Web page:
US Model 1882 Remington-Lee Rifle Bayonet & Scabbard
- Product Code: EWB-2427-SOLD
- Availability: Out Of Stock
This is a VERY GOOD example of a scarce US military Model 1882 Socket bayonet (Reilly B137A ) for use on the Model 1882 Remington-Lee Army and Navy Rifles. The M1882 Rifle was a bolt action, .45-70 caliber repeating rifle that was the invention of renowned arms designer James Paris Lee. The first US military acquisition of the Lee design was by the US Navy. In 1880 the Navy ordered 300 of Lee’s original Model 1879 design. Lee had contracted with the Sharps Rifle Company to produce these arms, but Sharps went out of business in 1881. As a result, the Sharps assembled parts, tools and machinery for the project were turned over to the Remington Arms Company who completed the order. Remington made some minor changes and improvements to Lee’s design and the newly redesigned rifle, designated the Model 1882, was subsequently offered for sale. A few more changes were made circa 1884-1885 and the rifles with those improvements were designated the Model 1885. Remington would produce some 100,000 Model 1882/1885 Lee patent long arms in a variety of configurations through the first decade of the 1900s, with many being sporting arms and the large majority of the guns being sold to foreign customers on the export market. Remington had a world-wide customer base during the late 19th century, particularly for military pattern arms. The majority of the military pattern 1882 and 1885 rifles were sold to foreign governments. These guns were accompanied by a socket bayonet (Reilly B137) with a 21 ½” long, ¾” wide blade and an overall length of 24 1/8”. These bayonets were unmarked. The US military did acquire a small number of the Remington-Lee Model 1882 Rifles, with the US Army purchasing 770 of the rifles and the US Navy purchasing about 1,500. These rifles were also delivered with socket bayonets, but they were somewhat different from the commercial pattern bayonets for the export market military rifles. The US military pattern of the bayonet was very similar to the M1873 socket bayonet then in general use by the military. Like the M1873 bayonet, the M1882 has an 18” long blade with the same general profile as the tapered shoulder socket bayonet blade adopted with the US M1855 socket bayonet that had remained the standard for some three decades. The primary differences were a slightly narrower blade width for the M1882, being ¾” instead of 11/16”, a smaller bore diameter of .718” instead of .730” and a slightly wider mortise cut with an obviously wider locking ring. This locking ring is the only immediately obvious visual difference between the two bayonets. Like the US M1873 and unlike the commercial variant of the M1882 bayonet, the US military M1882 bayonet was stamped with a US on the ricasso.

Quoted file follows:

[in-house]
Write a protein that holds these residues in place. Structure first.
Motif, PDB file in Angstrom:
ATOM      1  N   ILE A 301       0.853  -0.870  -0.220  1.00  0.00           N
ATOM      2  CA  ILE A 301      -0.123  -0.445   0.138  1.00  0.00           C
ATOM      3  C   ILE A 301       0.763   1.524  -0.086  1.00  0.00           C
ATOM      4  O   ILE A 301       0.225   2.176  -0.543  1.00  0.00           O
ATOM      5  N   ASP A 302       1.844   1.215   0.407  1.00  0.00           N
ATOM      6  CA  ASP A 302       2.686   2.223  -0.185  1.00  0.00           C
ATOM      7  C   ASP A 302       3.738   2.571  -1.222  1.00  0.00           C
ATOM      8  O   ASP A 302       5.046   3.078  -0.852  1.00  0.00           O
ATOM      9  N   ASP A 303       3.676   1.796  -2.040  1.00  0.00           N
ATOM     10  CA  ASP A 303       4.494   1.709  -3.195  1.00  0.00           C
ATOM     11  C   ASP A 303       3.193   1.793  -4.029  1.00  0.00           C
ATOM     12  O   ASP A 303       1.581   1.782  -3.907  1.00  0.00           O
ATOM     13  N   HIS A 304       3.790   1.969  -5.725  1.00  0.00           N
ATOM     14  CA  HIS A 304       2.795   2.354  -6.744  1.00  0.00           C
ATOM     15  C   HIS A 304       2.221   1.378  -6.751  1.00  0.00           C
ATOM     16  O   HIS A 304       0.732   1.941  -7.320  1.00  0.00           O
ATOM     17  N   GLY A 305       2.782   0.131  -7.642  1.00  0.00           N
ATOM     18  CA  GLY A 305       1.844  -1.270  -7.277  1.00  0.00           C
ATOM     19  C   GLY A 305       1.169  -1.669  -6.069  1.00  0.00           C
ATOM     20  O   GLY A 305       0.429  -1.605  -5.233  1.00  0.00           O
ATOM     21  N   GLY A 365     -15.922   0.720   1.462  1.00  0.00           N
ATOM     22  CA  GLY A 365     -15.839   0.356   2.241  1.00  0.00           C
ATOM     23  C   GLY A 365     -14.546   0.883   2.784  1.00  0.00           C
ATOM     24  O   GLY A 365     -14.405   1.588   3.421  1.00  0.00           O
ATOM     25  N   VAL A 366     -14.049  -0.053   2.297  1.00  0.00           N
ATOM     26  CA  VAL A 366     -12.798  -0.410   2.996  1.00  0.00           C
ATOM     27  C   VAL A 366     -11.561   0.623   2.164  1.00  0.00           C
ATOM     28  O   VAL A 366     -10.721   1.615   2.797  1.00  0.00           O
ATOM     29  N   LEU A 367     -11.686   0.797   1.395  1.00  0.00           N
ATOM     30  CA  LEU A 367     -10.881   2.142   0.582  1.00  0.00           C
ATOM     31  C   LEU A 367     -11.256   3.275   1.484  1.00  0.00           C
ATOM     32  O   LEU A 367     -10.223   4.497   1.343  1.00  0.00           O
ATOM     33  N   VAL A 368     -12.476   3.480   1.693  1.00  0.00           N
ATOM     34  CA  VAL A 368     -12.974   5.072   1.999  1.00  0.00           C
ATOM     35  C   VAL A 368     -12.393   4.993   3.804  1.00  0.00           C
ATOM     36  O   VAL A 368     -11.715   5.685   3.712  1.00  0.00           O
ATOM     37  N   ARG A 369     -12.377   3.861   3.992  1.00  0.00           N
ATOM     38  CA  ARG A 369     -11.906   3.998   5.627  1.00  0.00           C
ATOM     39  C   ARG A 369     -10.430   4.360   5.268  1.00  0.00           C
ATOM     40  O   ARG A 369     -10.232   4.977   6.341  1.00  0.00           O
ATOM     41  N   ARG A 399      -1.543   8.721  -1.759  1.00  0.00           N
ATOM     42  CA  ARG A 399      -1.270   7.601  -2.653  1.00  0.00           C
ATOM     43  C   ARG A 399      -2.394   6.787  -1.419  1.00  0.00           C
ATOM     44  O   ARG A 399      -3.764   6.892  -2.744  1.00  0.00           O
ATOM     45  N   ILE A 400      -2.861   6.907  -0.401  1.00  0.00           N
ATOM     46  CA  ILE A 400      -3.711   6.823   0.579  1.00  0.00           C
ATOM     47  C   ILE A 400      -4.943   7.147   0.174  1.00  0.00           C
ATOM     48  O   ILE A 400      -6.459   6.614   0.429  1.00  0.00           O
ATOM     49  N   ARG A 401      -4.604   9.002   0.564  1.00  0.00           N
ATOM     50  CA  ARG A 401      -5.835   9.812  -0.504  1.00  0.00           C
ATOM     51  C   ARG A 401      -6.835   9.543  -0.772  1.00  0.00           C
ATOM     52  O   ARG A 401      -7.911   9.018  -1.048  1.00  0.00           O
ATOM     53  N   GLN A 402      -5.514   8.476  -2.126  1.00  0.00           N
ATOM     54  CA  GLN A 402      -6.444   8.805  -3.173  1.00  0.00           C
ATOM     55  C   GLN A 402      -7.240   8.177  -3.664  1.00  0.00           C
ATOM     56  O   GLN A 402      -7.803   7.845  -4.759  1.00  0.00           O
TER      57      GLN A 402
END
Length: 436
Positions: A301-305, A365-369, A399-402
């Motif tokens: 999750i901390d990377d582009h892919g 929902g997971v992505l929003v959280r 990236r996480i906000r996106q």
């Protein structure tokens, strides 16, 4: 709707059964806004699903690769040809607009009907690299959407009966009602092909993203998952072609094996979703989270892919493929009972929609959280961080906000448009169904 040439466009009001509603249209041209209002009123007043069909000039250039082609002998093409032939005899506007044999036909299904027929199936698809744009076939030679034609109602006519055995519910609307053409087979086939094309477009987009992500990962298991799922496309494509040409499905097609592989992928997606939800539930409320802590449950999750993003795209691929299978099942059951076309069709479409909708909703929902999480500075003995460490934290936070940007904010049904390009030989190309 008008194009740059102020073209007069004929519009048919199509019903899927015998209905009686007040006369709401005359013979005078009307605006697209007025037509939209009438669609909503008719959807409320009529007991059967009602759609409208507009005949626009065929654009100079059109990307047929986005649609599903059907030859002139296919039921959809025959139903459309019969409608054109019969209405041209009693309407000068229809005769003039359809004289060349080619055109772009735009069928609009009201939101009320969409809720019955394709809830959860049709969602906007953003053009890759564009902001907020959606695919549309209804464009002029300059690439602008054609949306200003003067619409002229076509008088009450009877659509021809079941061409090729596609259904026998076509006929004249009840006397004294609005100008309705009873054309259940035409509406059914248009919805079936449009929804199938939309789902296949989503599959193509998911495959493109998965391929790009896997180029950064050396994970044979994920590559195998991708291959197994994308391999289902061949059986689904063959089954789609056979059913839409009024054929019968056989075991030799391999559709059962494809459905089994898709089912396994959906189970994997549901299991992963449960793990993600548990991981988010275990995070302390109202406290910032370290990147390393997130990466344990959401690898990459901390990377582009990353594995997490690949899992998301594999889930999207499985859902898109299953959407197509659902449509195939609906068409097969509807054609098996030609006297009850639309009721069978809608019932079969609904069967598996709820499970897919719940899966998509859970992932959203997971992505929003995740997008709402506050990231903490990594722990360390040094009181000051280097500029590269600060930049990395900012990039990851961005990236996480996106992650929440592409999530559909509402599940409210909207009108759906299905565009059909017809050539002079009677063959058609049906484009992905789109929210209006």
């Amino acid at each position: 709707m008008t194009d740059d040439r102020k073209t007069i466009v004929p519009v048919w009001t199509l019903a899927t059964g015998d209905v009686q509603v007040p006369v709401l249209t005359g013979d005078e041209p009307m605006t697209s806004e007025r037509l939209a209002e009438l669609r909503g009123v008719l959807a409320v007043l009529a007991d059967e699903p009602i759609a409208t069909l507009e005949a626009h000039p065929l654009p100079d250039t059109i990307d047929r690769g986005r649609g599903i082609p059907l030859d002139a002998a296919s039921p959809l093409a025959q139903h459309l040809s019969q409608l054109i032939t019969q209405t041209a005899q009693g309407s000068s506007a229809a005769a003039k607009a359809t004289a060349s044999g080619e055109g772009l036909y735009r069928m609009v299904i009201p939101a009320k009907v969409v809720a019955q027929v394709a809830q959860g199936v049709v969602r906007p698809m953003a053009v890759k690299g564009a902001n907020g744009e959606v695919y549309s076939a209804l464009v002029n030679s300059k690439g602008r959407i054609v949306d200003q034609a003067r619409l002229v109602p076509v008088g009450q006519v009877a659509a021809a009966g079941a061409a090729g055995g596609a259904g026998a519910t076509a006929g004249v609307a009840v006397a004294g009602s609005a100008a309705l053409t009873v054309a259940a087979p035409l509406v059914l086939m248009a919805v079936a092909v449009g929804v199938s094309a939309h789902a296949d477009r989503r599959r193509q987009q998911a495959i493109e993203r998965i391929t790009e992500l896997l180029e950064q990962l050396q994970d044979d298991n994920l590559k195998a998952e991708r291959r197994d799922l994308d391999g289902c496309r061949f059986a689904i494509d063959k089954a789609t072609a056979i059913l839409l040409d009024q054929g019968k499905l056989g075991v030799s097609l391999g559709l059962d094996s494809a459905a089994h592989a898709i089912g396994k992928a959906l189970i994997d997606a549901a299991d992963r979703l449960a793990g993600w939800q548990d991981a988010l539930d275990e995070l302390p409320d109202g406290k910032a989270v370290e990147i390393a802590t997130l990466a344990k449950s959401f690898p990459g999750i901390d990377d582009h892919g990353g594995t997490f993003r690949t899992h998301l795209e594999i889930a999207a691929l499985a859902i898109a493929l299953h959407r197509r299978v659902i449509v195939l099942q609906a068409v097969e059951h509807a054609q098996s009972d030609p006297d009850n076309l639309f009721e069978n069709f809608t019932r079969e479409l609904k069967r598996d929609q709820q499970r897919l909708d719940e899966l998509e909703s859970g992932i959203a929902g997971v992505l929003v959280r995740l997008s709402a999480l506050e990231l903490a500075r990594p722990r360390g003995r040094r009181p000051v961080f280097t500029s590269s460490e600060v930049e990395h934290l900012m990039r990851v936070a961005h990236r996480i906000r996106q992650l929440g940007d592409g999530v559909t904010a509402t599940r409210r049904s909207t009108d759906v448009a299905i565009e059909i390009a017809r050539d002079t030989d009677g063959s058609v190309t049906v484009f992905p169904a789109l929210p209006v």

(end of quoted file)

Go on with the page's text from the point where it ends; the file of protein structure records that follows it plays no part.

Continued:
This example of a US M1882 Remington-Lee Socket Bayonet is in about VERY GOODcondition. The bayonet conforms to the nominal dimensions of the example listed as B137A in Robert Reilly’s American Socket Bayonets and Scabbards. The bayonet has an 18” long, .8” wide blade with a 2 7/8” socket and a .722” bore diameter. The mortise cut is also appropriately wider than the standard M1873 bayonet mortises, being 5/16” wide forward of the locking ring. The blade is stamped with a clear U.S at the ricasso and has a small V on the locking ring. The bayonet has a mottled grayish-brown patina with an underlying smoky gray metal color. The metal shows scattered patches of brownish surface oxidation over the blade and socket. The metal is mostly smooth with some minor scattered surface roughness and some small areas of lightly scattered pitting. The light surface crust on the socket could probably be carefully cleaned off with a little effort. The original locking ring remains in place and is fully functional. The bayonet is accompanied by a correct pattern US M1873 bayonet scabbard with a Hoffman patent leather bayonet frog with a cast brass US swivel roundel and a blued steel scabbard body. The scabbard remains in about VERY GOOD condition as well. It retains some traces of blued finish on the body with patches of scattered surface oxidation and some surface crust. The leather of the frog shows moderate crazing and finish loss but remains usable and the swivel still functions correctly.
Overall this is a solid example of one of the less common US military socket bayonets from the Indian Wars period. With less than 2,300 of the Remington-Lee M1882 military rifles being acquired by the US military, their accompanying bayonets are relatively scarce. This would be a nice addition to your US military M1882 rifle or to any collection of post-Civil War American socket bayonets.
Tags: US, Model, 1882, Remington, Lee, Rifle, Bayonet, Scabbard